Paris, Musée du Luxembourg

From the middle of the 14th century until it fell under the domination of the neighboring rival city of Florence in the early 15th century, Prato experienced considerable economic growth. As commerce flourished, engendering civic and church commissions as well as political and artistic discourse between Prato and Florence, artists converged on the city and its surroundings. Filippo Lippi, succeeded by his son Filippino were among the most celebrated artists of the city during the 15th century.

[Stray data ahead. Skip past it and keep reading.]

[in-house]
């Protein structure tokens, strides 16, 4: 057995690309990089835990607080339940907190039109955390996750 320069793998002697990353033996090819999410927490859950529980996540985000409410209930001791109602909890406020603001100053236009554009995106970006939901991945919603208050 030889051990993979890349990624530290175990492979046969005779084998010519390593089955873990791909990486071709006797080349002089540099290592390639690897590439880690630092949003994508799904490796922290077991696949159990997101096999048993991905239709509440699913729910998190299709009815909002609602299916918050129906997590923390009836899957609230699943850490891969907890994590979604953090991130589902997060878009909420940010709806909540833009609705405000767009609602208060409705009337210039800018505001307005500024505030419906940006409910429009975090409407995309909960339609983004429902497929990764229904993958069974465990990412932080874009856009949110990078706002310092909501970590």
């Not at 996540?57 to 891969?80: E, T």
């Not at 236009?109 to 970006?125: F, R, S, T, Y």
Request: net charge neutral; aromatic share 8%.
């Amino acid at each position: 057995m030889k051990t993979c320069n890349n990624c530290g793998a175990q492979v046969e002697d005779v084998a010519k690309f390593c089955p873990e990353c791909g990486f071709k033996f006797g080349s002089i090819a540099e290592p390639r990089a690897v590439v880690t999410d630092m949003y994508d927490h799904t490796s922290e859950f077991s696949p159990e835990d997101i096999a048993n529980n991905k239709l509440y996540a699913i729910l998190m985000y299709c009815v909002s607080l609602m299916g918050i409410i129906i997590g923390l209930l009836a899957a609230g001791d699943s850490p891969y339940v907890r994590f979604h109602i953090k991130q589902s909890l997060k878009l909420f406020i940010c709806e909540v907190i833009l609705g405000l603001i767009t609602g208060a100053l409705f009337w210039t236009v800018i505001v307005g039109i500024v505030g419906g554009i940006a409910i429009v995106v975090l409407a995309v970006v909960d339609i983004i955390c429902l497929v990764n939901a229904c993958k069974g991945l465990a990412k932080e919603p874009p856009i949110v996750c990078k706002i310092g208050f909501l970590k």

Although Filippo Lippi brought about important stylistic innovations, his art was often overshadowed by a notoriously louche personal life. In fact, Filippino was born of a nun while he served as a chaplain to the convent of Santa Margherita in Prato. Filippino continued his father’s creative legacy throughout the remainder of the century. The amassing of sixty paintings and sculptures created by artists from the 14th to the 16th century (including the Lippis), originating mainly from the Prato City Museum and institutions within the region, offer insight into the artistic patrimony of the city.


March 25 through August 2, 2009
19 rue de Vaugirard
75006 Paris
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